Teeling Vintage Reserve Silver 21 Year Old 1991 Review

It is not without a sense of delicious irony that our selection today was volunteered by the one member of SWC who enjoys Irish whiskey the least. But where this story becomes less amusing is when this said member found himself at the Irish Beer and Whiskey Festival in, of course, Ireland, and speaking one on one with, of course he was, Stephen Teeling of the Teeling Whiskey Company. Bloody hell, Brendan. And upon sensing that the intrepid member of the SWC in front of him possessed an above average enthusiasm for whiskey, Stephen pulled out a bottle of Teeling Vintage Reserve Silver 21 Year Old Irish whiskey for a quick pour and maybe a story or two. But all was forgiven when Brendan purchased a bottle and carried it home to Spokane for SWC’s review. I suppose if there is any bottle to convert this poor, Scotch loving fellow to Irish whiskey, I think he found it.

Teeling Vintage Reserve Silver is a 21 year old single malt sourced from what is most likely Cooley Distillery. The majority of this whiskey’s life was in ex-bourbon casks, and then finished in ex-Sauternes white wine casks from the Bordeaux region in France. This 1991 vintage, chosen by Jack Teeling (of the two Teeling’s he is the nose), was bottled into 5,000 units at 46% ABV and will be followed by older bottled expressions. These super premium bottlings will keep the lights on while new spirit is distilled and aged in a new Dublin distillery converted from the former Dundalk brewery owned by Diageo. This three copper pot still operation will be Dublin’s first in over 125 years, and if the two Irishmen at the helm have anything to say about it, Irish whiskey will have an even stronger foundation to build upon as we skip through this wonderful golden age of whiskey we find ourselves in for 2015.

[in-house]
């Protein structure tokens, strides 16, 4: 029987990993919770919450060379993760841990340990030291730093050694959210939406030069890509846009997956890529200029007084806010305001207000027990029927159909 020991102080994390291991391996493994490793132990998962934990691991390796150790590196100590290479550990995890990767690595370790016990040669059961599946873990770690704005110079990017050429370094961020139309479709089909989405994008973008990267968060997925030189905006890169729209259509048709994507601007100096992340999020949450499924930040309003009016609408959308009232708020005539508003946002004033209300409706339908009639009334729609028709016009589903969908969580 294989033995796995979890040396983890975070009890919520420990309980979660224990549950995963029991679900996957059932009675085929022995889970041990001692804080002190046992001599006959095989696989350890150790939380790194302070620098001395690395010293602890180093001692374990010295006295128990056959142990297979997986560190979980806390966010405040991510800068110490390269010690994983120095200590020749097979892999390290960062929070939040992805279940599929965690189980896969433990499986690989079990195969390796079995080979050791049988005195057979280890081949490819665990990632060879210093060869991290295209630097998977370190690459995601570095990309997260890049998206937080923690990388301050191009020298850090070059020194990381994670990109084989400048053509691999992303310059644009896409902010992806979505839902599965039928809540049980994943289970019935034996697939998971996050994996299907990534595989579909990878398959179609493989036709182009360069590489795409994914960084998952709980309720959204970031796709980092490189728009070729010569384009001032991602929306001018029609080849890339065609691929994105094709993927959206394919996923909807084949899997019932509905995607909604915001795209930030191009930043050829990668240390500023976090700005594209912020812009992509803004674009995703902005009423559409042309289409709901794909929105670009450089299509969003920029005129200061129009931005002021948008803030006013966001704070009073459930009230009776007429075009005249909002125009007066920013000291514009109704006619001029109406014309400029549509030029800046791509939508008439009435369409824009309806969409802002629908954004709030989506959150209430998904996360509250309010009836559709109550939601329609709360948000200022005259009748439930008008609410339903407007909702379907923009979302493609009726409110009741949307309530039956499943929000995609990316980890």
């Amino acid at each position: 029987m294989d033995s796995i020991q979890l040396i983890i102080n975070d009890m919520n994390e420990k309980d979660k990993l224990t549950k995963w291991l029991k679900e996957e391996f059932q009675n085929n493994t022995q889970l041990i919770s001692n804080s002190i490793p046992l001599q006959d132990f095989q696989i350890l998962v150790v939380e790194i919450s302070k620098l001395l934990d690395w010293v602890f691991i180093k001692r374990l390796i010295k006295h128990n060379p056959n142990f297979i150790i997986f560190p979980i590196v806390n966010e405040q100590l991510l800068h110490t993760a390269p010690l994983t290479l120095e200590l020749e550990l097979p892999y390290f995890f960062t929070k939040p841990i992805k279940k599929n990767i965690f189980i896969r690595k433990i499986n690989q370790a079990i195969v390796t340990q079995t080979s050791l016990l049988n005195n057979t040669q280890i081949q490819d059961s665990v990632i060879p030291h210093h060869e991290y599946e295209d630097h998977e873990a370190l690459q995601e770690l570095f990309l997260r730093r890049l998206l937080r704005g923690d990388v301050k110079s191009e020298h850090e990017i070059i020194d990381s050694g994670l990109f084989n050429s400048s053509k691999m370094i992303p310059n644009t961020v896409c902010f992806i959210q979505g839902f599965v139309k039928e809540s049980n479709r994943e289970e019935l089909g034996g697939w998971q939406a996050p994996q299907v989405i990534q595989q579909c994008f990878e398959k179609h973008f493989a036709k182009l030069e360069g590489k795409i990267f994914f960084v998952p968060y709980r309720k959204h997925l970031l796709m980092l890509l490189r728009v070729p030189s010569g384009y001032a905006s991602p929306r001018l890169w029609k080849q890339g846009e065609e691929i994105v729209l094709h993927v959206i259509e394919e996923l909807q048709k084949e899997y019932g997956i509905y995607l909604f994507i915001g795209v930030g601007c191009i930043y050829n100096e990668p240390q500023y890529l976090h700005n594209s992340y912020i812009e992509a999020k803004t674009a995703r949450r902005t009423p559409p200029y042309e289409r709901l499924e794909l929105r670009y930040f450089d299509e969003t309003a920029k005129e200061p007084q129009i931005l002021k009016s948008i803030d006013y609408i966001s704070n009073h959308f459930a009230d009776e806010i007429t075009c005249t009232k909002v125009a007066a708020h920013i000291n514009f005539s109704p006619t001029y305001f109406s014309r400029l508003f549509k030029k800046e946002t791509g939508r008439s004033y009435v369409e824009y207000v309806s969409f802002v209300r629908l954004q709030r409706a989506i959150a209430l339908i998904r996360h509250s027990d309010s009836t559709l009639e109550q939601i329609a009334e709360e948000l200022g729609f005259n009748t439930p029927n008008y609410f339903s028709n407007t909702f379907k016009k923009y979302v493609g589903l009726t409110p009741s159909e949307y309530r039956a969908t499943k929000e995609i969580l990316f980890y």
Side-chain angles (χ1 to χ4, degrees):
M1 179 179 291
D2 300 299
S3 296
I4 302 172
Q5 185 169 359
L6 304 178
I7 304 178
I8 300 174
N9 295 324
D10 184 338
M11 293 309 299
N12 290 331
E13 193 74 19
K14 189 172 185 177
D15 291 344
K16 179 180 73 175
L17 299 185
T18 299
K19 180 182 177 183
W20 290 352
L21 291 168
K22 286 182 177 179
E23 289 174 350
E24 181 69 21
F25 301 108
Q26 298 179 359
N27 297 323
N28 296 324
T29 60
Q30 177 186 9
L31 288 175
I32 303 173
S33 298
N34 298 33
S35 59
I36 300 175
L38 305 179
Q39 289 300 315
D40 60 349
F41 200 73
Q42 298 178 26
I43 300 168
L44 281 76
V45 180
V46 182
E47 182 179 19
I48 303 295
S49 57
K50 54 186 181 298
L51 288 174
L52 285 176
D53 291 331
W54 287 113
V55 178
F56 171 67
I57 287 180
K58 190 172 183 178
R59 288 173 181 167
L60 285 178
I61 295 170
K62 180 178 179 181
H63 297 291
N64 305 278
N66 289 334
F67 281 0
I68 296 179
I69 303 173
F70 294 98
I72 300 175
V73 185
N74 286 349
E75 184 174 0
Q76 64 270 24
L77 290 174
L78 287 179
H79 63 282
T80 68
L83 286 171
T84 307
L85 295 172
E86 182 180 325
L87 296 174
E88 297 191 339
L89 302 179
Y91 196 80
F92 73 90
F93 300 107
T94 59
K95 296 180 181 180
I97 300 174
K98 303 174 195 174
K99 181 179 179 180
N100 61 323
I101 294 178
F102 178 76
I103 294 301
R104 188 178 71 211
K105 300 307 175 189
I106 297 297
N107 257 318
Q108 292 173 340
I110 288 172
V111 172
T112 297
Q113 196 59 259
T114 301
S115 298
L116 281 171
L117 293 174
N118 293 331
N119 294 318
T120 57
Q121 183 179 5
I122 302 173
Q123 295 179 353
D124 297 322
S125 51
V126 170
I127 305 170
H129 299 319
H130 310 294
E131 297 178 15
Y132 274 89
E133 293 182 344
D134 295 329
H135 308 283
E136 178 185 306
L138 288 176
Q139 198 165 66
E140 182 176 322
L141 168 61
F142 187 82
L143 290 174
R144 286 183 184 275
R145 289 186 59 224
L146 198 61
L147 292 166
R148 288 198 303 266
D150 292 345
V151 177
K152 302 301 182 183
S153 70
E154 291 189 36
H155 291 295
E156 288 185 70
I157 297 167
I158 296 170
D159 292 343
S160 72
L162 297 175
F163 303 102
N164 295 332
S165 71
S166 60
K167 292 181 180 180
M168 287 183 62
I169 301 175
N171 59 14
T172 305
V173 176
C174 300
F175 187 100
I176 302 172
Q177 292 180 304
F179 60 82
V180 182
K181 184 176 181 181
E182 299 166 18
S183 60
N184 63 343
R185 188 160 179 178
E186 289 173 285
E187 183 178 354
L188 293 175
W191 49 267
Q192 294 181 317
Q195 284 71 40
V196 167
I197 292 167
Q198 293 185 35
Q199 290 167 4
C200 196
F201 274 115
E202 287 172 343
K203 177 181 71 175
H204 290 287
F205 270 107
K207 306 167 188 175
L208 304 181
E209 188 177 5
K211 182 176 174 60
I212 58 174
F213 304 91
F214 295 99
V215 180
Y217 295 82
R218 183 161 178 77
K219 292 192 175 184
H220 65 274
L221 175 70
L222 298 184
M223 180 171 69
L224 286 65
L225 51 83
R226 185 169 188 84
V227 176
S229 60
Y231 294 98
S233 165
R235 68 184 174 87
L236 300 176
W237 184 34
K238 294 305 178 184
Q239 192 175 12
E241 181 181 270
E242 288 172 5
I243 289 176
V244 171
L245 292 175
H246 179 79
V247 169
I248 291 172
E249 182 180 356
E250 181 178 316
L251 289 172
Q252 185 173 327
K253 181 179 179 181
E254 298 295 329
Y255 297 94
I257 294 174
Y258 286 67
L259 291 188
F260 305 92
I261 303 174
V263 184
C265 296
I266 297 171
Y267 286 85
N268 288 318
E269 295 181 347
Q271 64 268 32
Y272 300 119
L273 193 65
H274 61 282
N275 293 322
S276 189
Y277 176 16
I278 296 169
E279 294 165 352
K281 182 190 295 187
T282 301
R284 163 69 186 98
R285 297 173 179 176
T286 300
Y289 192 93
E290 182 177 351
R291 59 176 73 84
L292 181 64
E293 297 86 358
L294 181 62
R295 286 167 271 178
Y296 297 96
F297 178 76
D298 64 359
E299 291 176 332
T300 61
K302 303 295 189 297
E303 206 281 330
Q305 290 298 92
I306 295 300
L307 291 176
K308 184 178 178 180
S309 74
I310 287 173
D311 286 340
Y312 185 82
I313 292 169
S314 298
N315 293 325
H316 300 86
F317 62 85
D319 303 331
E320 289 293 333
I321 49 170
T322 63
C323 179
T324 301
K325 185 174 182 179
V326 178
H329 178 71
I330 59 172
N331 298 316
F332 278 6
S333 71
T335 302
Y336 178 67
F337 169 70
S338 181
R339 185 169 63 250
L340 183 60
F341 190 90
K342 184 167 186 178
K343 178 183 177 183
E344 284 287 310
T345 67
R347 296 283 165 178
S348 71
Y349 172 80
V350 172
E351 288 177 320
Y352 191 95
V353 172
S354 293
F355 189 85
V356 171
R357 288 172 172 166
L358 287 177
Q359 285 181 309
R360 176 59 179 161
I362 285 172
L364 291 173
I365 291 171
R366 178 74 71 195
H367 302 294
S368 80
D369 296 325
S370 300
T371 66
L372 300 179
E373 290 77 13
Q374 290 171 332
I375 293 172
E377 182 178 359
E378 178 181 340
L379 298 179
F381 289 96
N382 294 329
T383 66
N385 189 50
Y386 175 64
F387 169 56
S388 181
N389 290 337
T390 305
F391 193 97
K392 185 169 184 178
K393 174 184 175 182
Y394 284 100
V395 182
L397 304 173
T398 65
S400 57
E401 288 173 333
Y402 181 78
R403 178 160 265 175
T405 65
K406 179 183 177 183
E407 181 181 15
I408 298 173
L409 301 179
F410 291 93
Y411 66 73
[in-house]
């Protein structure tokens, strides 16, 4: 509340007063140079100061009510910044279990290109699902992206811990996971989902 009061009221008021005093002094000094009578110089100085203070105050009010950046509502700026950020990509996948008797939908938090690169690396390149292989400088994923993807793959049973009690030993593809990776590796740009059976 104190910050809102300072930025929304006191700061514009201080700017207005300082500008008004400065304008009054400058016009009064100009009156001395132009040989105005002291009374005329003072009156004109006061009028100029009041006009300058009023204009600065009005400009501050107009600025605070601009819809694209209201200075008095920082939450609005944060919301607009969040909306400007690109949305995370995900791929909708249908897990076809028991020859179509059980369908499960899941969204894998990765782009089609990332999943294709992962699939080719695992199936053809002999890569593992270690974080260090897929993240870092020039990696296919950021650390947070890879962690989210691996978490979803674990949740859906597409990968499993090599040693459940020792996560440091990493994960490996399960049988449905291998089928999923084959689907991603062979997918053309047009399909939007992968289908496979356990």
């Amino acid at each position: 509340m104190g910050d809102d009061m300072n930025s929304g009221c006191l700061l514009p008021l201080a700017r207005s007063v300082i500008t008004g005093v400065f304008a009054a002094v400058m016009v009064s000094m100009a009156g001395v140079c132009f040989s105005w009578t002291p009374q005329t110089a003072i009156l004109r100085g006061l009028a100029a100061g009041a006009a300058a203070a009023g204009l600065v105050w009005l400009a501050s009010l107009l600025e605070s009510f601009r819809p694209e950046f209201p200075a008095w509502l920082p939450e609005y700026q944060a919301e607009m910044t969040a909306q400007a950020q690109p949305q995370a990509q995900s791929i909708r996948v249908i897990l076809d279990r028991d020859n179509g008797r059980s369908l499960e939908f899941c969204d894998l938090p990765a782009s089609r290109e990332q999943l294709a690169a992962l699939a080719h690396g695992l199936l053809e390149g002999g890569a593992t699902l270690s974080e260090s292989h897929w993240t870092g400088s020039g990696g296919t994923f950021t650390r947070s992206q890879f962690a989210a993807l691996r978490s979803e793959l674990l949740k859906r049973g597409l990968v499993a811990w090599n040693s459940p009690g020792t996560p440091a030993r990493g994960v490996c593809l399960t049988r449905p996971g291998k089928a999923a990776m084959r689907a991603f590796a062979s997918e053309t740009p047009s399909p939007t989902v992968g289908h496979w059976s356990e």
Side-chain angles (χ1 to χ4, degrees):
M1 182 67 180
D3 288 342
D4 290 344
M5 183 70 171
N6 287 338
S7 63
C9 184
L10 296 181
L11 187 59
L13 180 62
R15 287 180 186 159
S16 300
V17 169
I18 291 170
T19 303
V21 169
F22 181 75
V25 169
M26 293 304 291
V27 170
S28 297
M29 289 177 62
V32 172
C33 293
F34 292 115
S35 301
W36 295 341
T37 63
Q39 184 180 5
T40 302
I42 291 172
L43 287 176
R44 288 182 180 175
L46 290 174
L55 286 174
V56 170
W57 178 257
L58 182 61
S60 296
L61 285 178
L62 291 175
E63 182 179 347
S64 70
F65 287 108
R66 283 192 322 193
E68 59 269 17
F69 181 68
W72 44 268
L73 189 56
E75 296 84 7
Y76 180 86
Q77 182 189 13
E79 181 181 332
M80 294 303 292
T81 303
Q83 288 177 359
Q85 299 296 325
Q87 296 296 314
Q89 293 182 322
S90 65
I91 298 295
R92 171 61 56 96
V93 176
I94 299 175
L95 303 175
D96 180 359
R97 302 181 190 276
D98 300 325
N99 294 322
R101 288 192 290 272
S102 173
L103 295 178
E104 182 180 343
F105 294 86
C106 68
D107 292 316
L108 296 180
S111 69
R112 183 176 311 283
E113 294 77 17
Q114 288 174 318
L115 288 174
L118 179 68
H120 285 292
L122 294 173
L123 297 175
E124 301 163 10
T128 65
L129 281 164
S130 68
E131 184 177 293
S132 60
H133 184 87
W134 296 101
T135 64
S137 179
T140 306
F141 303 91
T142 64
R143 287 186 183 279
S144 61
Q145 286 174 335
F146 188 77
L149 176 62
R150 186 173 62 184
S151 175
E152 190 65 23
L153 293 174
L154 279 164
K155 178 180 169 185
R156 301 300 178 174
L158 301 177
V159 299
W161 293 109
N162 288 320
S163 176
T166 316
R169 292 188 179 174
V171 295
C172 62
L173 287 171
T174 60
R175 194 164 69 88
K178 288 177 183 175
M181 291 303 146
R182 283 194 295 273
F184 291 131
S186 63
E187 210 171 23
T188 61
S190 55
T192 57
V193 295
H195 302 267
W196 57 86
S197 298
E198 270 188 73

SWC Group Review

Nose- Sophisticated and interesting. Wet moss, rose petals, candied orange. Light, fresh fruit everywhere. Musty vanilla, cherry, and is that peat we detect? In time fruit gets fuller, bigger. Nice work.

Taste- Honey, sugary citrus, fresh flowers and fruit. Oily, viscous mouth feel. Full bodied and luscious. Light tobacco. The highlight.

Finish- Explosion of flavor. White wine, citrus, a pleasing bitterness from oak. That darn smoke again. Full and never ending.

Comments – Wonderul whiskey to enjoy and a great selection by the Teelings. Not just a beautiful single malt with the Sauternes finishing, but this is an extraordinary Irish whiskey, and that’s the best compliment we can think of at the moment. SWC Rating- 95/100

Agree? Disagree? Let us know in the comments section below.

Contact us at SpokaneWhiskey@gmail.com    

Angel’s Envy Bourbon Review